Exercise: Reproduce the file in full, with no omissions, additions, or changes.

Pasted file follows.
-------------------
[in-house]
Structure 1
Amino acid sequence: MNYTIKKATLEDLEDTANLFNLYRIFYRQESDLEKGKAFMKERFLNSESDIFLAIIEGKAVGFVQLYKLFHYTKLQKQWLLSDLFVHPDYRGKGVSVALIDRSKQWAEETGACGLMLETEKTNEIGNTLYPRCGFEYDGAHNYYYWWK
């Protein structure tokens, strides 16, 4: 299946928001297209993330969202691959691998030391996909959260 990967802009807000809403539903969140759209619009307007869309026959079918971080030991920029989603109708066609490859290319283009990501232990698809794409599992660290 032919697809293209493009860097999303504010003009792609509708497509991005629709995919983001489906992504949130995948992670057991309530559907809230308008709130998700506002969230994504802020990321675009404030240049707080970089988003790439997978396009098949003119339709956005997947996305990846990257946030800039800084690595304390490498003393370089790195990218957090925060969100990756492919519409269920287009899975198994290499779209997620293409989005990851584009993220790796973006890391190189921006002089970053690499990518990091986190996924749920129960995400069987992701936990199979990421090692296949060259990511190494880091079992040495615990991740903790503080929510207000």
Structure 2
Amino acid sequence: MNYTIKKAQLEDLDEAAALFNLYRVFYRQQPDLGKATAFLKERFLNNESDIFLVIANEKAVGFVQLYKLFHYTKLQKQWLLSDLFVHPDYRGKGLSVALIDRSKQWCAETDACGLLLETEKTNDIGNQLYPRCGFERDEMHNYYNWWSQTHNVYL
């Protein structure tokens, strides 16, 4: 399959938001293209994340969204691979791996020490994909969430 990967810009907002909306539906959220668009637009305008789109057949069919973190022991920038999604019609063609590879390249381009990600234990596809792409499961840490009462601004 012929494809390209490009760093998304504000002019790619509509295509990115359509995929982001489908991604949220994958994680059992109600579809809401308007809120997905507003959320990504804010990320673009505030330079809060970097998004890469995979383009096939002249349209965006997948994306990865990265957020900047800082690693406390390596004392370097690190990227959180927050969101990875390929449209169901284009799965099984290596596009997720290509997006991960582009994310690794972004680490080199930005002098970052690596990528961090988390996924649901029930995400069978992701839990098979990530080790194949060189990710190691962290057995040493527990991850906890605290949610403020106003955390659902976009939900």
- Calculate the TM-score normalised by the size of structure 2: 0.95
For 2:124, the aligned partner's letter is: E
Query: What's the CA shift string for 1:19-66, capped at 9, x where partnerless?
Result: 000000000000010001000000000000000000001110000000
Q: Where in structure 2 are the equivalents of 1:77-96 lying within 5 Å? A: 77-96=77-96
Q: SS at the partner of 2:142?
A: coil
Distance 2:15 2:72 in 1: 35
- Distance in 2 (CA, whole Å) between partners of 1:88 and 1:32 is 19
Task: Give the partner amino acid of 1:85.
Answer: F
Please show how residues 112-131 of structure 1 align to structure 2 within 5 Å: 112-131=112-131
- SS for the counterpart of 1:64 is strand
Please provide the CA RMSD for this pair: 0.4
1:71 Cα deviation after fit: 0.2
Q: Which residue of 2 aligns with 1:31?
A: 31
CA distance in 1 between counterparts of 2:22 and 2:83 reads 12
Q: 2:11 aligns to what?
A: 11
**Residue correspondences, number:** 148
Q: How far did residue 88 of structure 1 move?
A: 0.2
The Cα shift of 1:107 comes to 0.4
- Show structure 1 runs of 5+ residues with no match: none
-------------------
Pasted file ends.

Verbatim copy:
[in-house]
Structure 1
Amino acid sequence: MNYTIKKATLEDLEDTANLFNLYRIFYRQESDLEKGKAFMKERFLNSESDIFLAIIEGKAVGFVQLYKLFHYTKLQKQWLLSDLFVHPDYRGKGVSVALIDRSKQWAEETGACGLMLETEKTNEIGNTLYPRCGFEYDGAHNYYYWWK
């Protein structure tokens, strides 16, 4: 299946928001297209993330969202691959691998030391996909959260 990967802009807000809403539903969140759209619009307007869309026959079918971080030991920029989603109708066609490859290319283009990501232990698809794409599992660290 032919697809293209493009860097999303504010003009792609509708497509991005629709995919983001489906992504949130995948992670057991309530559907809230308008709130998700506002969230994504802020990321675009404030240049707080970089988003790439997978396009098949003119339709956005997947996305990846990257946030800039800084690595304390490498003393370089790195990218957090925060969100990756492919519409269920287009899975198994290499779209997620293409989005990851584009993220790796973006890391190189921006002089970053690499990518990091986190996924749920129960995400069987992701936990199979990421090692296949060259990511190494880091079992040495615990991740903790503080929510207000």
Structure 2
Amino acid sequence: MNYTIKKAQLEDLDEAAALFNLYRVFYRQQPDLGKATAFLKERFLNNESDIFLVIANEKAVGFVQLYKLFHYTKLQKQWLLSDLFVHPDYRGKGLSVALIDRSKQWCAETDACGLLLETEKTNDIGNQLYPRCGFERDEMHNYYNWWSQTHNVYL
């Protein structure tokens, strides 16, 4: 399959938001293209994340969204691979791996020490994909969430 990967810009907002909306539906959220668009637009305008789109057949069919973190022991920038999604019609063609590879390249381009990600234990596809792409499961840490009462601004 012929494809390209490009760093998304504000002019790619509509295509990115359509995929982001489908991604949220994958994680059992109600579809809401308007809120997905507003959320990504804010990320673009505030330079809060970097998004890469995979383009096939002249349209965006997948994306990865990265957020900047800082690693406390390596004392370097690190990227959180927050969101990875390929449209169901284009799965099984290596596009997720290509997006991960582009994310690794972004680490080199930005002098970052690596990528961090988390996924649901029930995400069978992701839990098979990530080790194949060189990710190691962290057995040493527990991850906890605290949610403020106003955390659902976009939900």
- Calculate the TM-score normalised by the size of structure 2: 0.95
For 2:124, the aligned partner's letter is: E
Query: What's the CA shift string for 1:19-66, capped at 9, x where partnerless?
Result: 000000000000010001000000000000000000001110000000
Q: Where in structure 2 are the equivalents of 1:77-96 lying within 5 Å? A: 77-96=77-96
Q: SS at the partner of 2:142?
A: coil
Distance 2:15 2:72 in 1: 35
- Distance in 2 (CA, whole Å) between partners of 1:88 and 1:32 is 19
Task: Give the partner amino acid of 1:85.
Answer: F
Please show how residues 112-131 of structure 1 align to structure 2 within 5 Å: 112-131=112-131
- SS for the counterpart of 1:64 is strand
Please provide the CA RMSD for this pair: 0.4
1:71 Cα deviation after fit: 0.2
Q: Which residue of 2 aligns with 1:31?
A: 31
CA distance in 1 between counterparts of 2:22 and 2:83 reads 12
Q: 2:11 aligns to what?
A: 11
**Residue correspondences, number:** 148
Q: How far did residue 88 of structure 1 move?
A: 0.2
The Cα shift of 1:107 comes to 0.4
- Show structure 1 runs of 5+ residues with no match: none